KR2023Proceedings of the 20th International Conference on Principles of Knowledge Representation and ReasoningProceedings of the 20th International Conference on Principles of Knowledge Representation and Reasoning

Rhodes, Greece. September 2-8, 2023.

Edited by

ISSN: 2334-1033
ISBN: 978-1-956792-02-7

Sponsored by
Published by

Copyright © 2023 International Joint Conferences on Artificial Intelligence Organization

Reasoning about Probability via Continuous Functions

  1. Tommaso Flaminio(IIIA - CSIC)
  2. Sandro Preto(University of São Paulo)
  3. Sara Ugolini(IIIA - CSIC)


  1. Uncertainty, vagueness, many-valued and fuzzy logics
  2. Probabilistic reasoning and learning
  3. Integrating knowledge representation and machine learning


For functional representation in an algebraizable logic we mean a representation of the algebras of formulas of the logic by means of (possibly real-valued) functions.

Functional representations have shown to be a key tool for the study of non-classical logics, since they allow to regard formulas as functions and, by means of them, to approach the study of typical proof theoretical properties of the logics by means of their functional semantics. In the realm of (algebraizable) fuzzy logics, possibly the most well-known result in this respect is McNaughton theorem that shows formulas of the infinite-valued Lukasiewicz calculus to correspond, up to logical equivalence, to real valued continuous and piecewise linear functions. The functional representation for many-valued logics has been very recently shown in a paper by the second author to have an impact outside the purely logical realm and, in particular, they can be applied to study properties of artificial neural networks.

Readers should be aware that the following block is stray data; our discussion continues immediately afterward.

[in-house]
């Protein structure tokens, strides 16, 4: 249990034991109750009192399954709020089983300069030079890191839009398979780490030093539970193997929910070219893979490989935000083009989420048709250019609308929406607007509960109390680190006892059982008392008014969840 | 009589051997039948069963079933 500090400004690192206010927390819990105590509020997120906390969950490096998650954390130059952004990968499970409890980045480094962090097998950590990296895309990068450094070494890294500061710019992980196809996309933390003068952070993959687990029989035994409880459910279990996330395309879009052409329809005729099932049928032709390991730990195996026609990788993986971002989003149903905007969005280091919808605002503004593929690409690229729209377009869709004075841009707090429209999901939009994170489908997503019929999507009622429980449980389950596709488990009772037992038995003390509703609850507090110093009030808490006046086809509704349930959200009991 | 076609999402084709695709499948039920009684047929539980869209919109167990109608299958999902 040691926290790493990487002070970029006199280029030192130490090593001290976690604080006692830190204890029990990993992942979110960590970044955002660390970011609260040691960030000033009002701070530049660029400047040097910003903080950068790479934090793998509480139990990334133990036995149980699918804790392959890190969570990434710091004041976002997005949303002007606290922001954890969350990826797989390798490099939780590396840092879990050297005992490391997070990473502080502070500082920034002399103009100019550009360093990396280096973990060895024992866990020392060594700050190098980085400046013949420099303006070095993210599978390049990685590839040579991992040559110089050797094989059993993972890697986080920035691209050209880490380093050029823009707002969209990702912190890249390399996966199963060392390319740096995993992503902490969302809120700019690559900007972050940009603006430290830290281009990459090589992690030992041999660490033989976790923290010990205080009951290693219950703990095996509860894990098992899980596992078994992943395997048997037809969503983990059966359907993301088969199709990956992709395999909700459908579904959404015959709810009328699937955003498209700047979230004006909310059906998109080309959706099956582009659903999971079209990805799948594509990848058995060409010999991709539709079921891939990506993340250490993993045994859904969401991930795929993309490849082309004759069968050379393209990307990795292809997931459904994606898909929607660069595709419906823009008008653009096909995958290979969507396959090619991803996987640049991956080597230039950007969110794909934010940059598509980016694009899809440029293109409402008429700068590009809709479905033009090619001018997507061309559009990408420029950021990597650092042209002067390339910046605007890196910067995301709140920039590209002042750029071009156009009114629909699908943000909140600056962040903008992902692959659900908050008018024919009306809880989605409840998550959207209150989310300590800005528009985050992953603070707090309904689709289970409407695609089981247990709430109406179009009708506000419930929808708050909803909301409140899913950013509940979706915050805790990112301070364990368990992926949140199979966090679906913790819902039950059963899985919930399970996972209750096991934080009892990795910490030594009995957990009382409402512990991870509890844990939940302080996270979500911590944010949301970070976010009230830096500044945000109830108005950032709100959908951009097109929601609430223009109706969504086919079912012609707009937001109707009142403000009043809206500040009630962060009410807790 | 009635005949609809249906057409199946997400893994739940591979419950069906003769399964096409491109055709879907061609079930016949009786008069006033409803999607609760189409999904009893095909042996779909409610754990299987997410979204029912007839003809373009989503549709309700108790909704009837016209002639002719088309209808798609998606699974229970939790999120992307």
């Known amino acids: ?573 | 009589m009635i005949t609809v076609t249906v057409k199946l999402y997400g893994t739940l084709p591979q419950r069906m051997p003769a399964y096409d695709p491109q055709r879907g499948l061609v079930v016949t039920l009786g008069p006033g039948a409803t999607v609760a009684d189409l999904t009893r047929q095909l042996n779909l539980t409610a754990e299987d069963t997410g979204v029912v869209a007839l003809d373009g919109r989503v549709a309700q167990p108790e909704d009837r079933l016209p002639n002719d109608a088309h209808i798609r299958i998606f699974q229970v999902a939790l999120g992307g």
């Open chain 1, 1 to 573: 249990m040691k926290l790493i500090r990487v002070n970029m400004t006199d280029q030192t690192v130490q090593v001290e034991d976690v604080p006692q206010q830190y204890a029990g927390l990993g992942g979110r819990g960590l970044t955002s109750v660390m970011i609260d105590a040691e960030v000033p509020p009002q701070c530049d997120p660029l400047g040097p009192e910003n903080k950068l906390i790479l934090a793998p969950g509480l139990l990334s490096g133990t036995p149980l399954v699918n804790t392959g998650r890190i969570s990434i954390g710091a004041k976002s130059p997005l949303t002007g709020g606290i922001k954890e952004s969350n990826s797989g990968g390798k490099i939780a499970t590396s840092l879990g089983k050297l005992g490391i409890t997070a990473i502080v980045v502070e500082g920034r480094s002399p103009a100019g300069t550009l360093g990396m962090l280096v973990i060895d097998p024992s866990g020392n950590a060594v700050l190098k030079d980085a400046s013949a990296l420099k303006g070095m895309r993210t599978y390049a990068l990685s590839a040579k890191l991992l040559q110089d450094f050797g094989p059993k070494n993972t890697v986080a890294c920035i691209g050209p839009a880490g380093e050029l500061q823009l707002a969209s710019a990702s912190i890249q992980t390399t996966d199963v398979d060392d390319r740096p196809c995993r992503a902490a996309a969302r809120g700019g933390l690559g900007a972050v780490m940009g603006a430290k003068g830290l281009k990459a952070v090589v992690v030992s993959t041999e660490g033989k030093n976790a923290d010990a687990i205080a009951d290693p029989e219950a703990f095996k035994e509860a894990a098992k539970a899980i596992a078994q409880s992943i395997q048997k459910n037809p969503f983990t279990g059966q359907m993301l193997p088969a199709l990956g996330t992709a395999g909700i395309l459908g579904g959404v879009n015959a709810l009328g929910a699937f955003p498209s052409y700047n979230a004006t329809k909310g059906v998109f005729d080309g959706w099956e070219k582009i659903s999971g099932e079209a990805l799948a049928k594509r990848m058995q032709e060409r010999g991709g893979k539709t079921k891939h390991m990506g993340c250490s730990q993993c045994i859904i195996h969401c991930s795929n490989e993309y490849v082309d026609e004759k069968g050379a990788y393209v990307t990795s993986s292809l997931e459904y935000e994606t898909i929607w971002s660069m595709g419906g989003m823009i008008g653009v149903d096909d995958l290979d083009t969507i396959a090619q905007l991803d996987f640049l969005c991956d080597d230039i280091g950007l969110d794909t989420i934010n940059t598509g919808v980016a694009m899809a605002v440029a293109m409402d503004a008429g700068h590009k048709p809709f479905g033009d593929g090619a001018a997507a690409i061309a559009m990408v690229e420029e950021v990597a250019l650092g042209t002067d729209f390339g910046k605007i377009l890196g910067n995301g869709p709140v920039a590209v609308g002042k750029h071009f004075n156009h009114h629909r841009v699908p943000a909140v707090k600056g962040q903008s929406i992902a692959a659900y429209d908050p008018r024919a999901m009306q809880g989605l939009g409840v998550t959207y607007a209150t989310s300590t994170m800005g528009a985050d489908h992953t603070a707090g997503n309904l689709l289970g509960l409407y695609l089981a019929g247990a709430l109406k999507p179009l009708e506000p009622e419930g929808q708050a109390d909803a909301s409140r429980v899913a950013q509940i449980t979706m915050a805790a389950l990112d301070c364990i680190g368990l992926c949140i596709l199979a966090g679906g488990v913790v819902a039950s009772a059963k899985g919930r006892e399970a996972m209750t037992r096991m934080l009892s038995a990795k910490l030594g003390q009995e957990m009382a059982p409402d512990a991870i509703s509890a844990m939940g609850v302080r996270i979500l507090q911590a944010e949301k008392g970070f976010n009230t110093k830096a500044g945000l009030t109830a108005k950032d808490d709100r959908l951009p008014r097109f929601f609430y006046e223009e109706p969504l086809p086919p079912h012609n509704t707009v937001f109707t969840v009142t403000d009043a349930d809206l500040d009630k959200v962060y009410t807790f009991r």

In this contribution, we will provide a functional representation for the probability modal logic FP(L) that builds on Lukasiewicz calculus by adding to it a unary operator P that reads “it is probable that”. While the logic FP(L) is not algebraizable, at least not in the usual sense due to Blok and Pigozzi, we still can provide a functional representation result for its modal formulas. In order to do so, we adapt the usual universal algebraic methods to this peculiar setting, and moreover we make use of some techniques developed in a recent paper by two of the authors where a class of purely algebraic models for FP(L) based on de Finetti's coherence criterion have been introduced and studied.

Our contribution will present two ways of providing a functional representation of the algebras of formulas of the modal logic FP(L): a local one, that relies on de Finetti's coherence argument; and a global one that, instead, relies on probability distributions on a finite domain.